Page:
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Born: 1893, Bradford
Died: 7 March 1917
Buried: Bray Military Cemetery
Address: 14 Peveril Mount, Eccleshill
Parents: Albert and Sarah Jane, nee Lister
Siblings: John, Eliabeth Ann
Occupation: Warper at woollen mill
Organisations/clubs: Eccleshill Baptist Sunday School and choir
Rank: Pte
Rolls of Honour: Eccleshill, Park & St Luke’s
Regiment: West Yorkshire
Joseph William Robinson
Joseph William Robison was born in 1893 in Bradford, the son of Albert and Sarah Jane, nee Lister. By 1901 Albert and Sarah had moved to 16 Acre Lane, Eccleshill and ten years later they were living at 14 Peveril Mount. Joseph at 18 years of age was a warper in a woollen mill. He was a member of the Eccleshill Baptist Sunday School and also the chapel choir. Joseph enlisted in 1915 but it is not known into which Regiment. However he took part in the Battle of Albert during the Somme offensive and was wounded in the right hip by shell fire on the 1st July 1916. Lucky On 14th July, the Shipley Times & Express published a letter Joseph had sent to his parents: “What do you think about the Pals now, or, I should say ‘Mothers’ Darlings’ for that’s what some people have been kind enough to call us. “To be quite candid, I am lucky to be here for there is very little left of
the whole brigade. “The lads went into the charge with heart and soul and there were no shirkers although they dropped like flies under a heavy curtain fire. “Both high explosives, machine guns and all kinds of fire forces were sent in front of us but those who were unwounded went dashing forward. Thrown in the air “I was running forward with a pal when a piece of shrapnel caught me in the hip and I was thrown up in the air like a shuttle. My equipment was shattered and fell off my back. “It might be a consolation for you to know that the steel looking-glass and my bible which I carried in my pocket saved my life. Any man who came out of the charge all right was very lucky indeed. “We took two German lines and a village up to the time of bringing me away so that shows we can beat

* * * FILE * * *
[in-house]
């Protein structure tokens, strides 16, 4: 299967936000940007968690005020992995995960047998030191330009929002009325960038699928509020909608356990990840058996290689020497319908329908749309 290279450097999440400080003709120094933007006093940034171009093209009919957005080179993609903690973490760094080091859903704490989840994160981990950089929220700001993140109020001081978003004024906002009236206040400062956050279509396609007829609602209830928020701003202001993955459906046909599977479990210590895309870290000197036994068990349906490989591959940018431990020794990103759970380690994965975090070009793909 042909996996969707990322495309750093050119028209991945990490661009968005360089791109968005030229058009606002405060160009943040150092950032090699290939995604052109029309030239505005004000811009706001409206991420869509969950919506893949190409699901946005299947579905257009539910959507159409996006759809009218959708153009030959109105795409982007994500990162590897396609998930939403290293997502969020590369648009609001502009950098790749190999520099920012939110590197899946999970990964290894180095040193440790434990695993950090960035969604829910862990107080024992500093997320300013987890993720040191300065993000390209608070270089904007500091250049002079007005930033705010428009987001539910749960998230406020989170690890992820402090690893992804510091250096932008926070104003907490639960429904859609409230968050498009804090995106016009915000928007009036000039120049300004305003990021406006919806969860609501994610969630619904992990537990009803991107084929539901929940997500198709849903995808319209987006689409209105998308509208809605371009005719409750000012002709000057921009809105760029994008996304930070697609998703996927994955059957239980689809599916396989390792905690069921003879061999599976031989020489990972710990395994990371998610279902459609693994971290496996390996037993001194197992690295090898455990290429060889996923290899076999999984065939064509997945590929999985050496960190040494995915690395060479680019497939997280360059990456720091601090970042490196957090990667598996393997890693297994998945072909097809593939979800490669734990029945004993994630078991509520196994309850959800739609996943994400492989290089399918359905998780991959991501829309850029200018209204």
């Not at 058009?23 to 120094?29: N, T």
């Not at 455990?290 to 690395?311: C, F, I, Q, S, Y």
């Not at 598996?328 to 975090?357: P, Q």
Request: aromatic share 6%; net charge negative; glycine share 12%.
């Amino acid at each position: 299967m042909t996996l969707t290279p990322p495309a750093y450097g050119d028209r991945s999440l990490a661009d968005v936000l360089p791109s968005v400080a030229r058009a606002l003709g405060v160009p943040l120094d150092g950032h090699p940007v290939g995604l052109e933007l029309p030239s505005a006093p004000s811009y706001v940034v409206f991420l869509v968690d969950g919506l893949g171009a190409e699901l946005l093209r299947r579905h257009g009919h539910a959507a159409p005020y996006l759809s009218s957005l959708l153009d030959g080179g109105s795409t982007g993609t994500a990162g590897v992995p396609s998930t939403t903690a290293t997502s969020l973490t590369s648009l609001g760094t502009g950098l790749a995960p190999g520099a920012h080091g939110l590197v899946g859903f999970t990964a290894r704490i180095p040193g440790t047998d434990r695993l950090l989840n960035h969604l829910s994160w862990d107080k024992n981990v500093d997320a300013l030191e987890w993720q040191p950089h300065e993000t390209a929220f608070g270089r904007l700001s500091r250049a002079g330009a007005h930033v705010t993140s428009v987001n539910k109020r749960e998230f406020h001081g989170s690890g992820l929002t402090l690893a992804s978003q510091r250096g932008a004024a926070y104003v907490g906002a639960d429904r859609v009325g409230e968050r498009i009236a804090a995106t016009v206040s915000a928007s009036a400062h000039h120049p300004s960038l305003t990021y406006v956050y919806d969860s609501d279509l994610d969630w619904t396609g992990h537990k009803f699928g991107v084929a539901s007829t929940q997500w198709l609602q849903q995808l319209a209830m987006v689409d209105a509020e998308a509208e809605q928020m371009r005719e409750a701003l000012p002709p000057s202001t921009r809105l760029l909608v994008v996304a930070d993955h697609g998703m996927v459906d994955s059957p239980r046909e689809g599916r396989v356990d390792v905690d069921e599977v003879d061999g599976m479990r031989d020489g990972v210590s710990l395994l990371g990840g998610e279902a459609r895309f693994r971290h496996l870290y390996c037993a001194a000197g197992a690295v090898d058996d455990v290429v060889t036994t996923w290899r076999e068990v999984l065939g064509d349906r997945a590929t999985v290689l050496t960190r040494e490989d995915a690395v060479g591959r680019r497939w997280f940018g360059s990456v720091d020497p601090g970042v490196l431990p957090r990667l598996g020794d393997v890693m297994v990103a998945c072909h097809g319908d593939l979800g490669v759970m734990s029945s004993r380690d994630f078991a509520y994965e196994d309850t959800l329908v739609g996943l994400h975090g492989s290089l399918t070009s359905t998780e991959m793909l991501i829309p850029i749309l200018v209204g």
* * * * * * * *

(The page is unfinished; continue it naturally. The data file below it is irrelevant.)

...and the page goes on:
them in spite of their artillery fire. I am living in hopes of getting at them again.” The report added, ‘Pte Robinson is progressing favourably in Bristol Hospital.’ Upon his recovery he was attached to the 2nd Battalion of the West Yorkshire Regiment (Prince of Wales Own) as Private 18/376. His Battalion was involved in the Operations on the Ancre from the 11th January to the 13th of March 1917 and at some point Joseph was wounded and he died in hospital on the 7th of March. The following appeared in the Shipley newspaper two weeks later: ‘Pte Joseph William Robinson of 16 Peveril Mount, Moorside Road, Eccleshill, has died in hospital in France from wounds received in action. ‘The following letter was received by Mr and Mrs Robinson on
Monday: “By the time this letter reaches you, you will have received the sad news of your dear son’s death. I buried him today in a little cemetery near here. Peaceful end “Would that I could say something to comfort you but in grief like yours, mere words seem useless and real comfort can only come from above, but believe me you have my truest sympathy as all the brave women in England have who are called upon at this time to sacrifice so much. “You must try and be brave for your son has now reaped his reward. He was quite unconscious of his suffering and had a peaceful end. “Yours, in deepest sympathy, J Parker, Church of England chaplain.” Joseph is buried in the Bray Military Cemetery. He was 24 years of age. He left his effects to his mother Sarah Jane who received £2.0.5d on the 19th July 1917 and a War Gratuity of £8.10.0d on the 22nd of October 1919.
Eccleshill Roll of Honour Eccleshill Roll of Honour Eccleshill Roll of Honour
. Researched and written by Jean Britteon, to whom many thanks
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